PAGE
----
January 31, 2008

Sweet Potato Grows Up

My poetry professor at Chico State, Carol Simmons Oles, wrote a poem called "Post Partum II" about life newly empty-nested. She ends the poem by comparing her children to a hummingbird that flew in and out of the house in the time it took her to open and let go of the front door. That poem made me cry the first time I read it, but I think I was thinking of myself as the child then. Now I'm looking at the poem from the opposite side of the door, so to speak.

Sweet Potato is not ready to leave home-- in fact she swears she's never moving away from us. She may change her mind about that one day, but we've got another good eight years before she goes anywhere. Eight years. It doesn't seem long at all really, considering the last ten years were over in a blink. Where did they go?

I'm feeling nostalgic for my little girl because this week she announced, (well, it was more like a whisper) that she was having her first visit from Aunt Flow. It's hard not to imagine her as a crabby old aunt with a hunch back and a cane that she uses to jab, hard. Maybe that's not how I should think of it, though. I can't abide that turnip-headed Old Testament punishment stuff.

So, I'm trying to change my thinking about blood. It's not a monthly burden to be endured; it's a silky red ribbon that binds women to each other and makes us special. It's a sign that we are creators of life, the most incredible miracle. We are walking miracles, for crying out loud! Of course being a miracle isn't going to happen without a good dollop of pain, and not the metaphorical kind.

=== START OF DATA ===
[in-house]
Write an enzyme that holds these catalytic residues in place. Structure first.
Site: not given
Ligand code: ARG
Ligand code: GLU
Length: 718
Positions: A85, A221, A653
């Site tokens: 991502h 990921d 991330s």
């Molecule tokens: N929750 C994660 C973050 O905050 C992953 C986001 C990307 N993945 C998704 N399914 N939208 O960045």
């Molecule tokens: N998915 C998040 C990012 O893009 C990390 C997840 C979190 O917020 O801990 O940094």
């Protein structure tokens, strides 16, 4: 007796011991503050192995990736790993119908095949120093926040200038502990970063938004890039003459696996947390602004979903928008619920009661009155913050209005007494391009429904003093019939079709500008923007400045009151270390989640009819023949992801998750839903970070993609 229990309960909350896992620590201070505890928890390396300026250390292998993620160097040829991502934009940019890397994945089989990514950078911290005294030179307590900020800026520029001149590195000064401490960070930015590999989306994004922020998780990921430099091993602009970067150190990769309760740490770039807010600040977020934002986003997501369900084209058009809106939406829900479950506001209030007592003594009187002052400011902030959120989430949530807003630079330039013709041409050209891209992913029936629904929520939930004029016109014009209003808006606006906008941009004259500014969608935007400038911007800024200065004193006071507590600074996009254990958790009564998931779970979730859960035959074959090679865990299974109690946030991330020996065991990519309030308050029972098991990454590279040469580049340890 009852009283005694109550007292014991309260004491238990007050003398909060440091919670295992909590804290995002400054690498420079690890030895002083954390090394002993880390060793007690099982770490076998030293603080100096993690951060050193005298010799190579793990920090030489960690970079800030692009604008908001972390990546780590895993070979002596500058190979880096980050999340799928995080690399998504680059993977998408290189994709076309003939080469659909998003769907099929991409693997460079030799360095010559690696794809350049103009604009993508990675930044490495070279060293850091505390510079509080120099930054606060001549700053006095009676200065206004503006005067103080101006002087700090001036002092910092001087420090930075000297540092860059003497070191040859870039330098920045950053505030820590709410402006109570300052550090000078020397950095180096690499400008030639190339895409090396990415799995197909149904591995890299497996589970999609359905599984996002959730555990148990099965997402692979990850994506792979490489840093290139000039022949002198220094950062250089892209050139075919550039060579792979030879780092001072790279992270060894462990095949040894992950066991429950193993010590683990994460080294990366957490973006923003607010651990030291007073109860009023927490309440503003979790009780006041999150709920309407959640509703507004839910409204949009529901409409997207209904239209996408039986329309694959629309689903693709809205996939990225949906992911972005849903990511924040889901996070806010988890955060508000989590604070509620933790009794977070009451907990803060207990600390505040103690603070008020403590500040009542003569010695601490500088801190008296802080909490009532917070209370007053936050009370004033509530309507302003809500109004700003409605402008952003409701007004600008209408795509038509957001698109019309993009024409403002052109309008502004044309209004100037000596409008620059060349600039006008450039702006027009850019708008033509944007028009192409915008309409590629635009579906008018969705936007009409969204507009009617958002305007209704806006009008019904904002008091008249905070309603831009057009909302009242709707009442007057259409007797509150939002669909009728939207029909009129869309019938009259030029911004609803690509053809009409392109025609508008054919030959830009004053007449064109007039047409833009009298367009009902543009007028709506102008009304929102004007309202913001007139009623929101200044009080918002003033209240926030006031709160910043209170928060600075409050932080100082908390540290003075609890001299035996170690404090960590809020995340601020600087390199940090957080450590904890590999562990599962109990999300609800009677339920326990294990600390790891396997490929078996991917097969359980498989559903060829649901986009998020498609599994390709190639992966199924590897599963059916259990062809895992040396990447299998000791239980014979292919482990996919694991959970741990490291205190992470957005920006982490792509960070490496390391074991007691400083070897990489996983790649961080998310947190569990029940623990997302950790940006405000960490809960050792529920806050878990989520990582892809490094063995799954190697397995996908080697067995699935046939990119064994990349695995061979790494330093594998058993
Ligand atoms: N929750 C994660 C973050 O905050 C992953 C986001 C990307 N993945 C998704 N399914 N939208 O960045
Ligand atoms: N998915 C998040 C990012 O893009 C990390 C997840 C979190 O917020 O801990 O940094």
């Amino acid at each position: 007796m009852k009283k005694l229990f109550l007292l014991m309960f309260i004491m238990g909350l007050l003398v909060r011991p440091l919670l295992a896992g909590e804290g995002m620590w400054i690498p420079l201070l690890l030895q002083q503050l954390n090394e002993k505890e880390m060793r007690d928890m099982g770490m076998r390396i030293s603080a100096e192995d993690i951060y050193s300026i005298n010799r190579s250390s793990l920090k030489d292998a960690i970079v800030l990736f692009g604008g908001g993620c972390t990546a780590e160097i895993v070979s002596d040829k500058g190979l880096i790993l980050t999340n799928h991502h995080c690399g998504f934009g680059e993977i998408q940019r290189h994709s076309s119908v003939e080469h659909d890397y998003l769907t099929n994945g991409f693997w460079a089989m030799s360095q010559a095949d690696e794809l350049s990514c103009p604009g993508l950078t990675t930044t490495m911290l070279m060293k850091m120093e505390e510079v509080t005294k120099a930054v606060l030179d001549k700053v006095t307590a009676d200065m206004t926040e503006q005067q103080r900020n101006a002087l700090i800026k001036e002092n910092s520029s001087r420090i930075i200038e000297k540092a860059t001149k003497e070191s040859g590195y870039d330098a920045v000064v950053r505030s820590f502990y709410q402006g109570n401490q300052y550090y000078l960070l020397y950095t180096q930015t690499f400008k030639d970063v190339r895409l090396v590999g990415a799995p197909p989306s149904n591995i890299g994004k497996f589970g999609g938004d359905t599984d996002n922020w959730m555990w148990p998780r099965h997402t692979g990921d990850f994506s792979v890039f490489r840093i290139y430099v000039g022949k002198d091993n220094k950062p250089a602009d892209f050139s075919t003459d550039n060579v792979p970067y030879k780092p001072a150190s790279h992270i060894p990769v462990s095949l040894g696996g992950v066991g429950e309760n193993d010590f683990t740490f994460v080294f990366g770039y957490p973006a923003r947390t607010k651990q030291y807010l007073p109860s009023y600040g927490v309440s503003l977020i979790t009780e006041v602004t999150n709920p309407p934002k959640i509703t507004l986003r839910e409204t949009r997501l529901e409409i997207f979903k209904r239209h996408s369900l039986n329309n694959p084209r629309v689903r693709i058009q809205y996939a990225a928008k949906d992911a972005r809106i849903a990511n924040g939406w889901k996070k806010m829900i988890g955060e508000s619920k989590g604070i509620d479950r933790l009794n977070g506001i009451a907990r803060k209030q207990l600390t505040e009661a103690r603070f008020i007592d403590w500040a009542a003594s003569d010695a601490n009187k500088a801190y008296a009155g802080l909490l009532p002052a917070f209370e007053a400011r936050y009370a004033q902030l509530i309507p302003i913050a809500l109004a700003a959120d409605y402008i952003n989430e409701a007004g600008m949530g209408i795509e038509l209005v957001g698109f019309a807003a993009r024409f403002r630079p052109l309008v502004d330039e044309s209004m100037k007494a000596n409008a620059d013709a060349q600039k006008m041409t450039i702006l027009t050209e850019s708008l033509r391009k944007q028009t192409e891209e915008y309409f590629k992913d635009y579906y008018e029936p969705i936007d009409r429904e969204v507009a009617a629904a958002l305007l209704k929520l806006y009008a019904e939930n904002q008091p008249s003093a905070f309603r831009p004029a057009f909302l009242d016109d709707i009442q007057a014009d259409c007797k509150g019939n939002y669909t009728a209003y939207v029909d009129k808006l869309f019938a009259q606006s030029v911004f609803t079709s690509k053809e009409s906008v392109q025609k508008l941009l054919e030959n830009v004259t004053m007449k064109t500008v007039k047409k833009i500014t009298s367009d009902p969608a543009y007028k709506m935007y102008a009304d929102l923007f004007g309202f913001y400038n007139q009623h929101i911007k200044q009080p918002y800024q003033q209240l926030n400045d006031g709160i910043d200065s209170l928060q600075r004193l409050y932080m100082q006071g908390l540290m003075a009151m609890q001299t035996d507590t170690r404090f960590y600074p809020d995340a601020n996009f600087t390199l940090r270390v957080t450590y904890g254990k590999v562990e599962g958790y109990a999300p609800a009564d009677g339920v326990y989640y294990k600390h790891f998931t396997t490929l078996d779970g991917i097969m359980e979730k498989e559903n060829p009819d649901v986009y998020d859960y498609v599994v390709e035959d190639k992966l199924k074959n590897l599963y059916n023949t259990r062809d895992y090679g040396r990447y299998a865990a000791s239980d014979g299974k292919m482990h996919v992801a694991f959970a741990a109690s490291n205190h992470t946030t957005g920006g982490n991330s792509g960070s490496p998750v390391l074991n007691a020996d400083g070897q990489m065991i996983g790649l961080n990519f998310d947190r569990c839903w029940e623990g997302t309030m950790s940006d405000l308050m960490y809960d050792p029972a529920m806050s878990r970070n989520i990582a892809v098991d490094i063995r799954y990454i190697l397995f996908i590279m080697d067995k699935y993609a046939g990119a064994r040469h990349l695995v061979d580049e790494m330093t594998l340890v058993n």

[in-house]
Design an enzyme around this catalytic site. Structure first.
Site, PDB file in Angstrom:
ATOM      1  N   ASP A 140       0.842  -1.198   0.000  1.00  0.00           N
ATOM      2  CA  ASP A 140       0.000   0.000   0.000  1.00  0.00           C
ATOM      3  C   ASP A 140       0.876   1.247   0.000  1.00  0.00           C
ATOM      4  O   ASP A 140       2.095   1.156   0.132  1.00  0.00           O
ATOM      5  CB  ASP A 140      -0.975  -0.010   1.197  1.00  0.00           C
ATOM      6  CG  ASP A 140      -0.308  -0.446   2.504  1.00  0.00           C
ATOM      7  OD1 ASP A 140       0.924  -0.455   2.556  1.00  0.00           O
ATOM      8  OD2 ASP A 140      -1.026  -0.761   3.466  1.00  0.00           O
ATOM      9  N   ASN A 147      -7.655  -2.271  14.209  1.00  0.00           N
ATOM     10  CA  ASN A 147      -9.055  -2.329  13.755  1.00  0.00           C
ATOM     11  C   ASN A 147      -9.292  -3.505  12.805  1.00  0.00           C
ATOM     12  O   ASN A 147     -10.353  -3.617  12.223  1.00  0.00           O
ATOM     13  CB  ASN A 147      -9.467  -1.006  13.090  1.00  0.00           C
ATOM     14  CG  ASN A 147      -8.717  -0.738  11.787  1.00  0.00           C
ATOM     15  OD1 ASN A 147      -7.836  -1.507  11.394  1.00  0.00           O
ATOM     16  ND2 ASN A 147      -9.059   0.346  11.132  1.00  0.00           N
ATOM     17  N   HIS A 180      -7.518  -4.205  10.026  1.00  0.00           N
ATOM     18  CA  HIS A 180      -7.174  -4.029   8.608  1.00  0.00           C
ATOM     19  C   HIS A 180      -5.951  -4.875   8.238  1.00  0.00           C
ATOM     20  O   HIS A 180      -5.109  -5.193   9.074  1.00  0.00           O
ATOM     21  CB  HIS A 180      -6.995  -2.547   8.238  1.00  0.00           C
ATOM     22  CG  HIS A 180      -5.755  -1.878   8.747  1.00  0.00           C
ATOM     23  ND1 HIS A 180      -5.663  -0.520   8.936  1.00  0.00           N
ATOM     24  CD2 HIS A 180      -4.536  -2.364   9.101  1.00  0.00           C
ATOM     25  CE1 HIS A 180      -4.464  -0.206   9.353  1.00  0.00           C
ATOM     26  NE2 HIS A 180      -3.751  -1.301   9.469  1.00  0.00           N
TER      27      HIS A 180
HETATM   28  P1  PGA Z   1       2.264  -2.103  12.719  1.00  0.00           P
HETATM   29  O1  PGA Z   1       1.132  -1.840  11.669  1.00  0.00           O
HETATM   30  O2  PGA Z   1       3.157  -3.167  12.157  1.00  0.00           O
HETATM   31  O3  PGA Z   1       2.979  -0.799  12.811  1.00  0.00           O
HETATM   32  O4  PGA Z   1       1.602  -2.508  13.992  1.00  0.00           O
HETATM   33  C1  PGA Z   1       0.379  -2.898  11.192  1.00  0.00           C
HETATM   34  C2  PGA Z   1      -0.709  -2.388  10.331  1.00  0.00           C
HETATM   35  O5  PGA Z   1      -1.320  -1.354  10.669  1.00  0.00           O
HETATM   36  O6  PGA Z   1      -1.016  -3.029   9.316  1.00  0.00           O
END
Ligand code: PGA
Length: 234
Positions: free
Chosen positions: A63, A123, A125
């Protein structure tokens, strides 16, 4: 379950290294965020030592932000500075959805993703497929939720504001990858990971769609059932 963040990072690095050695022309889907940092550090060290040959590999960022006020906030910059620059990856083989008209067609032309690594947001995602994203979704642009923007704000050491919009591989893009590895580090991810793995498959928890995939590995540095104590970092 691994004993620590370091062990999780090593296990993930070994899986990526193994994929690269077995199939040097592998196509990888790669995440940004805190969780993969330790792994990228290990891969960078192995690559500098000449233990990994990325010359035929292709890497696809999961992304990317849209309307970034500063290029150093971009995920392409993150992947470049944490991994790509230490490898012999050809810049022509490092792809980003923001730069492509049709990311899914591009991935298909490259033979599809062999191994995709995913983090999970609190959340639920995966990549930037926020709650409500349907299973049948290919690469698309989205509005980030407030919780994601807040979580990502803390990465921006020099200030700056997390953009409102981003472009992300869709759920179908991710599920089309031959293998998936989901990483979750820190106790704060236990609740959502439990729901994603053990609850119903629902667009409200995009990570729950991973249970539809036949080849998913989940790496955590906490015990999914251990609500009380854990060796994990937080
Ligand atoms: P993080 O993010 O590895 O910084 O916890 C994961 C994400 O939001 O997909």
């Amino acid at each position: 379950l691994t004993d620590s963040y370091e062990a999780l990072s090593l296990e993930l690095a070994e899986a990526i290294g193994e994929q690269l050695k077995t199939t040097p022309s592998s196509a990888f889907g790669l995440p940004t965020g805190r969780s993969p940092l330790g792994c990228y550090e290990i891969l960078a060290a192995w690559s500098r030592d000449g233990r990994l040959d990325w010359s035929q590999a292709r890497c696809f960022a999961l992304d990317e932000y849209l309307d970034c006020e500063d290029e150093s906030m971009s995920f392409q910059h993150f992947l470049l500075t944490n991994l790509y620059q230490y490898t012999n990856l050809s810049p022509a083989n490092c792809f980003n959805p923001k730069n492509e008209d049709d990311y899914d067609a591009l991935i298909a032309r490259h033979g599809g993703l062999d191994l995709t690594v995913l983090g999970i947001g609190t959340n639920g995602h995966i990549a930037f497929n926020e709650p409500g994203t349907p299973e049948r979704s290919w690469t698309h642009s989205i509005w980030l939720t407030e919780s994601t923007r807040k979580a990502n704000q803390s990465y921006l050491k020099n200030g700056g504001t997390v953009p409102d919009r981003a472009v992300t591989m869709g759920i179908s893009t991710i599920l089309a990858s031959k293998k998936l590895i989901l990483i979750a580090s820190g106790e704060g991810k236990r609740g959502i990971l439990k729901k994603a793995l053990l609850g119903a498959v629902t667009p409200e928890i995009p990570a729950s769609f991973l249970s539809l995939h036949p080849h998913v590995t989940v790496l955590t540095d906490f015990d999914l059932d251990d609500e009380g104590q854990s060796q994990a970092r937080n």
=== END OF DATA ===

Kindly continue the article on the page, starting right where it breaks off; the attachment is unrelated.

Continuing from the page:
I can almost buy it. If only we ran around naked and didn't have to worry about the blood staining our undies, best pair of jeans (or our husband's best pair of jeans-- sorry honey!) and our sheets. What did they do back in the naked days? Must have done a week's worth of swimming.

This is Sweet Potato's big concern, too. "What if this happens while I'm at school?" she asked me last night at bedtime.

"We'll watch the calendar, we'll always be prepared, and always wear several layers, so you can wrap a sweatshirt around your waist if there's an emergency," I said.

Sweet Potato lamented that boys didn't have to worry about these messy details. I said, "That's true, but they do get those random erections, and that's why they all wear giant pants. That look isn't going out of fashion any time soon."


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